Germany: Private-sector activity continues to expand moderately in February
Germany’s private-sector economy continued expanding at a modest pace in February, with the composite Purchasing Managers’ Index (PMI), produced by IHS Markit, inching down to 51.1 from 51.2 in January. The headline figure, however, remained above the neutral 50-threshold signaling an overall increase compared to the prior month.
The fractional drop in the headline figure reflected a slight easing of economic activity in the services sector, while the downturn in the manufacturing sector moderated. Within the goods-producing sector, output, new orders and employment fell at softer rates; this came despite weakness in foreign demand and sentiment linked to the outbreak of the coronavirus in China and the wider region. The coronavirus also weighed on supplier delivery times, which deteriorated notably in the month. In the services sector, new orders rose on the back of strengthening domestic demand, as new exports orders fell.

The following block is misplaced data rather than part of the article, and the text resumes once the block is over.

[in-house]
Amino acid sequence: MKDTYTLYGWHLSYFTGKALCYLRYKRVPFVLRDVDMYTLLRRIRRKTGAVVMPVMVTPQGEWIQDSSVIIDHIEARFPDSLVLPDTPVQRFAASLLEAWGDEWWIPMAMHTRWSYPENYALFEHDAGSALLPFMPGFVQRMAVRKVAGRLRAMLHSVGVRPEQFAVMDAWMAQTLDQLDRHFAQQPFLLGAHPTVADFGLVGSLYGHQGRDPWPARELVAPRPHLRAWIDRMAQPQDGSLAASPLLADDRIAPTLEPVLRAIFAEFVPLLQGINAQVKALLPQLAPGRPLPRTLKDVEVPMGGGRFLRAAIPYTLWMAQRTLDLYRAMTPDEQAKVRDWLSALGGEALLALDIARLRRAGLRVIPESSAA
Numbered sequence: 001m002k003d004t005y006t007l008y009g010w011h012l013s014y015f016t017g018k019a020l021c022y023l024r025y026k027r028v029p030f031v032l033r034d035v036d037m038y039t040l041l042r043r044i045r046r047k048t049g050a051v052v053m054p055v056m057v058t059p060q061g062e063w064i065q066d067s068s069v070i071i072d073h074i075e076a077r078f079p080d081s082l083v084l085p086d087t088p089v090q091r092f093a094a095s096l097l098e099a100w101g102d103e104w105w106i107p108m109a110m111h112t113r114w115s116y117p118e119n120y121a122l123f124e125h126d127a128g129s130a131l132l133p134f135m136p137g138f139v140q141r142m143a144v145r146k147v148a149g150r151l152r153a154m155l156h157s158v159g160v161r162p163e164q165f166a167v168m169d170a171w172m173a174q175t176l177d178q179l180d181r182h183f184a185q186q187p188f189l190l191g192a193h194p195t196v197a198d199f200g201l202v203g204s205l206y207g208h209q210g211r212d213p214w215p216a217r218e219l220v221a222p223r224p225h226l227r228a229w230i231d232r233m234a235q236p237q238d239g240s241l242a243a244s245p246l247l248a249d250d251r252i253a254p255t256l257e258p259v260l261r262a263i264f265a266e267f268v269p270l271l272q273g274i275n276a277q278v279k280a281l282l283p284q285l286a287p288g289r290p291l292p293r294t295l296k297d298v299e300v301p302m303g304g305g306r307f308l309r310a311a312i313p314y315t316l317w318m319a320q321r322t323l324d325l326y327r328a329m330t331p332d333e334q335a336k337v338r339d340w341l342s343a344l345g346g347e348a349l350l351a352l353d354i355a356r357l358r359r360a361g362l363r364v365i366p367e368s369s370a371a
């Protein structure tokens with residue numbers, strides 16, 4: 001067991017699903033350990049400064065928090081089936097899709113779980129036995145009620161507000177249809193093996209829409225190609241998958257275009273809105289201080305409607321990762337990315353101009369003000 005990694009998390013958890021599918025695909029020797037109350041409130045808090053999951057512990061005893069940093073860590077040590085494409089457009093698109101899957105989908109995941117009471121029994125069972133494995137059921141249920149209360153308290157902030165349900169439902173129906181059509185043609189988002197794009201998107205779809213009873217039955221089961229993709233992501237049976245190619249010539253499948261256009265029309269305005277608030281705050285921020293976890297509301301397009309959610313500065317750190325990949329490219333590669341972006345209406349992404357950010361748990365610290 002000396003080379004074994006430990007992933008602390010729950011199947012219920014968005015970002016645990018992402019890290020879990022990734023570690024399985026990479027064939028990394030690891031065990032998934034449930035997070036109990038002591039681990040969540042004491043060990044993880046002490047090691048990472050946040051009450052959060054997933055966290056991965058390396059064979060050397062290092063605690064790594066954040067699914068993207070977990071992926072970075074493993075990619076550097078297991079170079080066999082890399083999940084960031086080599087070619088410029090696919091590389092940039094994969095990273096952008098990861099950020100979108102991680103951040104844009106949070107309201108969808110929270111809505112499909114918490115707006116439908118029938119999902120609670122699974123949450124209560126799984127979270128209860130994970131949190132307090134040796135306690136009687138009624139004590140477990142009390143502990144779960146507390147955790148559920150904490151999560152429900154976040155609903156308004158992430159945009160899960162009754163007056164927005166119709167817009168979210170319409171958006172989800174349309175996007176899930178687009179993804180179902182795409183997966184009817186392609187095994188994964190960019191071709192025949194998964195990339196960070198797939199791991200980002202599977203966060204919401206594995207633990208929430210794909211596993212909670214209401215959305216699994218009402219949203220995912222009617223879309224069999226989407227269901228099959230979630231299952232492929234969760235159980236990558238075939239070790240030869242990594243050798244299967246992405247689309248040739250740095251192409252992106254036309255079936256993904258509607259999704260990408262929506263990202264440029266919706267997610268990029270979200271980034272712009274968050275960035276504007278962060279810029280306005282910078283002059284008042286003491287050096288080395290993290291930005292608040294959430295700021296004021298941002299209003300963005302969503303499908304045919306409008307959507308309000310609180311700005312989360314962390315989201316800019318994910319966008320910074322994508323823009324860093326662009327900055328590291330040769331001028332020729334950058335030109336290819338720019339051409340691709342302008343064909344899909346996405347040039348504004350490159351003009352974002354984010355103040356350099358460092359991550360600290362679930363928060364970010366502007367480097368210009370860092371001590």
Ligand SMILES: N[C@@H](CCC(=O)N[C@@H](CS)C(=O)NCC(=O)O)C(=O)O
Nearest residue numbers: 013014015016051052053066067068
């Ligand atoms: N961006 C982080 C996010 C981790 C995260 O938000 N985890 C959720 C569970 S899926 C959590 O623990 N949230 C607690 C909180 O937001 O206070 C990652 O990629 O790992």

Looking at prices, output price inflation for both sectors eased to a three-and-a-half year low as manufacturing output prices were cut at the steepest pace in more than a decade. On the other hand, input price inflation picked up. This was mainly due to another strong rise in service sector price pressures.
Phil Smith, principal economist at IHS Markit, commented: “Reports from surveyed businesses indicate that, so far, disruption to manufacturing production from supply issues has been fairly limited, but these are still early days in what could potentially be a lengthy saga.”